14 Oct Banks move to cut fixed mortgage rates
Since the weekend, Toronto-Dominion, Canadian Imperial Bank of Commerce, Bank of Montreal and National Bank have all slashed their posted five-year fixed mortgage rate to 5.29 per cent. That’s an across-the-board cut of 0.10 percentage points.
The posted mortgage rates at the Royal Bank of Canada and Bank of Nova Scotia already sat at 5.29 per cent.
The rate cuts are in reaction to declining borrowing costs at the banks themselves. When banks lend money to consumers for mortgages, the funds generally come from money the banks raise via bonds sold to investors. The banks make money by managing the spread between those two rates.
The yield on benchmark five-year government of Canada bonds has dropped significantly in the last month, from 2.26 per cent on Sept. 16 to 1.87 per cent on Oct. 8.
“Rates went down because investors were demanding less of a return for safe investments, and banks are starting to pass that on,” said Toronto mortgage lender Marcus Tzaferis of Morcan Direct Inc.
“Until recently, banks were shoring up their balance sheets and enjoying the difference between these spreads.”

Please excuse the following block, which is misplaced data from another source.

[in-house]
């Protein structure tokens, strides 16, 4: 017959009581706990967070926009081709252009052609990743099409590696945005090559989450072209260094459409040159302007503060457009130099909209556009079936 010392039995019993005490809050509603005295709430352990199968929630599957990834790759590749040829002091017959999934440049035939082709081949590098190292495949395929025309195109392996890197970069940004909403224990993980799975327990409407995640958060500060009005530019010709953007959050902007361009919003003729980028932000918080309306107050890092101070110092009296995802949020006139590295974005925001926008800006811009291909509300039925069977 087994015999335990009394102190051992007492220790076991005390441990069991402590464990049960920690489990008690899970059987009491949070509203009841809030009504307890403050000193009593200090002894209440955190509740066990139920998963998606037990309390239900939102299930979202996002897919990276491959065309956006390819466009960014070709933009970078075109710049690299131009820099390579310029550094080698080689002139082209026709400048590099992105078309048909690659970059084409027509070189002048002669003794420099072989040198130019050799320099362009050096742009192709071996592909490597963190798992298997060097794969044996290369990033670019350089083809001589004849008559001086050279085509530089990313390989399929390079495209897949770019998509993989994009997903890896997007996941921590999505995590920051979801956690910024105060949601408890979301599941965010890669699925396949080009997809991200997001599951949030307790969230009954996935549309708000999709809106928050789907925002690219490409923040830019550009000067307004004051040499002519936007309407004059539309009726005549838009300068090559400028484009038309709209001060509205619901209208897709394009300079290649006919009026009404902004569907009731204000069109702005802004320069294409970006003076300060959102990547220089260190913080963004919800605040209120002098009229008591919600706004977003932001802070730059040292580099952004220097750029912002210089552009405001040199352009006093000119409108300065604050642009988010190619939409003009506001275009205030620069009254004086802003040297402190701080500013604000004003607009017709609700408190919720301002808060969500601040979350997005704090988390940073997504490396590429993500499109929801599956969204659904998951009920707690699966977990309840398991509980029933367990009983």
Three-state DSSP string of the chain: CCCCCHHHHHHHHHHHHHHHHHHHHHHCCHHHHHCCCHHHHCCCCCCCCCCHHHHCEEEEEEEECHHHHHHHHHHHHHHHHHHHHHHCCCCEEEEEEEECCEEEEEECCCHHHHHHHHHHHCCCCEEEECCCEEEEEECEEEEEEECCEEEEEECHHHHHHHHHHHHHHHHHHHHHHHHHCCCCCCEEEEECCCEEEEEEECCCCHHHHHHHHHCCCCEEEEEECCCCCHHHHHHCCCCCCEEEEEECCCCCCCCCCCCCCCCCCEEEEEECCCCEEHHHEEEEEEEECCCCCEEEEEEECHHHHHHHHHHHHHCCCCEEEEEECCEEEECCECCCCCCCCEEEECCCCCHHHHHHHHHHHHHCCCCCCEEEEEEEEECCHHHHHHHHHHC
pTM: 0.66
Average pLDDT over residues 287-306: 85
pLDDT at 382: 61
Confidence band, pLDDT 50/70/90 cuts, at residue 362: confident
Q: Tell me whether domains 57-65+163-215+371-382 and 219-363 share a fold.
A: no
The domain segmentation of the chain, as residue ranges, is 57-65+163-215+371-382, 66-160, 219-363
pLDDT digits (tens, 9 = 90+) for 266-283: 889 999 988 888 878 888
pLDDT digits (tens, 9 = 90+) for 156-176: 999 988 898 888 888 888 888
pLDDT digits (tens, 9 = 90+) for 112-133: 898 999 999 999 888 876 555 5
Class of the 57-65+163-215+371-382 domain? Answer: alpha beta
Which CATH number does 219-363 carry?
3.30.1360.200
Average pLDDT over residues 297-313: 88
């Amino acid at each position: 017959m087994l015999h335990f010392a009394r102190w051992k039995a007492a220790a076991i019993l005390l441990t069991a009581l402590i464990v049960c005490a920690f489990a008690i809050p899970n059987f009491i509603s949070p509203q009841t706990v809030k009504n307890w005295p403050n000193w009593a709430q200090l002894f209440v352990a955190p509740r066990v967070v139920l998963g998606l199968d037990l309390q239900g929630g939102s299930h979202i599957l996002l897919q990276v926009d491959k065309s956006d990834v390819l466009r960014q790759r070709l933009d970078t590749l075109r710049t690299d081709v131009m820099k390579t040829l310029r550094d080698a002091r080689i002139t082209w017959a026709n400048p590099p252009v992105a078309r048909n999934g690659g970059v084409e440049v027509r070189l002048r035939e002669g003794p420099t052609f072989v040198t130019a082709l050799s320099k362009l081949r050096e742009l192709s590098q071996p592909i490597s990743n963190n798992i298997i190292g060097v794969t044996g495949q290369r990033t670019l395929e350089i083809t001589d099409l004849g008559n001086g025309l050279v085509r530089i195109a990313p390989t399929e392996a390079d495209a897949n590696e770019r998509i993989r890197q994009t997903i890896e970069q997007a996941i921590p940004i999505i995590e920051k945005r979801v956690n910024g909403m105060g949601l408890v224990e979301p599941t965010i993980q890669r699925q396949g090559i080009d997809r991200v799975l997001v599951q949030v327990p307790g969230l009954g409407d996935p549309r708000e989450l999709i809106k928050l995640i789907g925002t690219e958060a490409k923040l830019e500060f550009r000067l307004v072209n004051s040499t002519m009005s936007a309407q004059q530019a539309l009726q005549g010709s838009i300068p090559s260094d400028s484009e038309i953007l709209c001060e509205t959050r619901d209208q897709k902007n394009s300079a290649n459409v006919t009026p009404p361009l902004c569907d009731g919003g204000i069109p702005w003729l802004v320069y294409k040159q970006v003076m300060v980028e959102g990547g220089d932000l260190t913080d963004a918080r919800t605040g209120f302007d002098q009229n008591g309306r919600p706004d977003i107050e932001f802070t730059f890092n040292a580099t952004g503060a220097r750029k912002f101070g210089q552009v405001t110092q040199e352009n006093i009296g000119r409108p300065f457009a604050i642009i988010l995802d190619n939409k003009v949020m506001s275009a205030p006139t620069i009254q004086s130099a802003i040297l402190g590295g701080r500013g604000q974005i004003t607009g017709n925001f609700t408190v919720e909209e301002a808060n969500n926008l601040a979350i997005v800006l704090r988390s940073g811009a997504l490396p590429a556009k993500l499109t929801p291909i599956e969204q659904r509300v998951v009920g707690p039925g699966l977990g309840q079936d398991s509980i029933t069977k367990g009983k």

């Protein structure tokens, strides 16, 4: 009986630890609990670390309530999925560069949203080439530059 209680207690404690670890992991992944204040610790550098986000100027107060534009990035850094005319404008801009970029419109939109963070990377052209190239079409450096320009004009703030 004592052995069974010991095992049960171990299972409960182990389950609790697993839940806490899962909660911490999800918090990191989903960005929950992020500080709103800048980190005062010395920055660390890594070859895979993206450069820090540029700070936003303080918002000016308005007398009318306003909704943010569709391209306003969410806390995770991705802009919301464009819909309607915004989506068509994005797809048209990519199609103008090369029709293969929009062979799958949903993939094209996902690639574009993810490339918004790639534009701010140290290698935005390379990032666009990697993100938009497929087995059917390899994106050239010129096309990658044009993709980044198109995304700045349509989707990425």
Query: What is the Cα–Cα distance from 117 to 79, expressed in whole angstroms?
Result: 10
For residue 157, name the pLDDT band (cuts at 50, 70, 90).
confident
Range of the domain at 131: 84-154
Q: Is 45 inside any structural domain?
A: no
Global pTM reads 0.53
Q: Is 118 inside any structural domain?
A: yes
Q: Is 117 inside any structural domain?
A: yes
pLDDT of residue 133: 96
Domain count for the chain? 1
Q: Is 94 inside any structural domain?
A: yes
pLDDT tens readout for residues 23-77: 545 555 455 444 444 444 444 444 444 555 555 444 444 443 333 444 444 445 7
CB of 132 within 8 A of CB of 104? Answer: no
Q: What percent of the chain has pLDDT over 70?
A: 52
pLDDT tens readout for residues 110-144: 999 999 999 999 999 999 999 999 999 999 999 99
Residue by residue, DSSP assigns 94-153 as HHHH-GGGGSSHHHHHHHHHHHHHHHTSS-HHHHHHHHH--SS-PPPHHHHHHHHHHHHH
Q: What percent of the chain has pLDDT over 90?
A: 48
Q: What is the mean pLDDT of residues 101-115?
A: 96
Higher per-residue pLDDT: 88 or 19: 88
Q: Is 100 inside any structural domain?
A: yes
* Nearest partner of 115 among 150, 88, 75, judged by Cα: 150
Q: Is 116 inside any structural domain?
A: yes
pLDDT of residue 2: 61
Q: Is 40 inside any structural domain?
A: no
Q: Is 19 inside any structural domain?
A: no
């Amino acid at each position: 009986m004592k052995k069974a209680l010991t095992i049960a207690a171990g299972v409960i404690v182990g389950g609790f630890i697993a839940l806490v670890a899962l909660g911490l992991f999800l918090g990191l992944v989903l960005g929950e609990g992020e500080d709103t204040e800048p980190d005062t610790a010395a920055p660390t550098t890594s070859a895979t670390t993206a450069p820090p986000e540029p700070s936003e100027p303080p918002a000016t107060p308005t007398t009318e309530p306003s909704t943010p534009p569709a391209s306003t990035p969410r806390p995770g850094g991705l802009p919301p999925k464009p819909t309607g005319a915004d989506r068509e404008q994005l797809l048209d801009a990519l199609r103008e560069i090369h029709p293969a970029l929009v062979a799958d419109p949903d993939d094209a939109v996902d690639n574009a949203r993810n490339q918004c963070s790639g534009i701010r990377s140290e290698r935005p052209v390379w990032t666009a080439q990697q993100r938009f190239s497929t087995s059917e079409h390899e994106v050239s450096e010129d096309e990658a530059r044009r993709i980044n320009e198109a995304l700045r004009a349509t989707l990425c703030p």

Up until six months ago, fixed rates were popular, Tzaferis said, and banks pushed people into them, hoping to lock in the profits to be had in the spread between what they paid to borrow and what they earned to lend.
Banks are also lowering the rate to try and spur new buyers to enter the home market. The number of home buyers dropped four straight months before an uptick in August, data from the Canadian Real Estate Association shows.
The Bank of Canada’s overnight lending rate, which it started to hike in June after being frozen at zero for nearly a year, has more influence on short-term lending rates and variable-rate mortgages than it does on fixed-rate products.
The banks do offer special rates on mortgage products for certain customers, with many currently below the posted rates. But such rates can be changed, withdrawn or extended at any time, the banks say.
“For the medium term, we’re going to see low fixed-rates and minimal movement on variable rates,” Tzaferis said.
cbc.ca news story Wednesday Oct 13, 2010Kevin Irvine of Invis, Mortgage Broker – Kelowna,Vernon, Penticton, Okanagan, British Columbia, Canada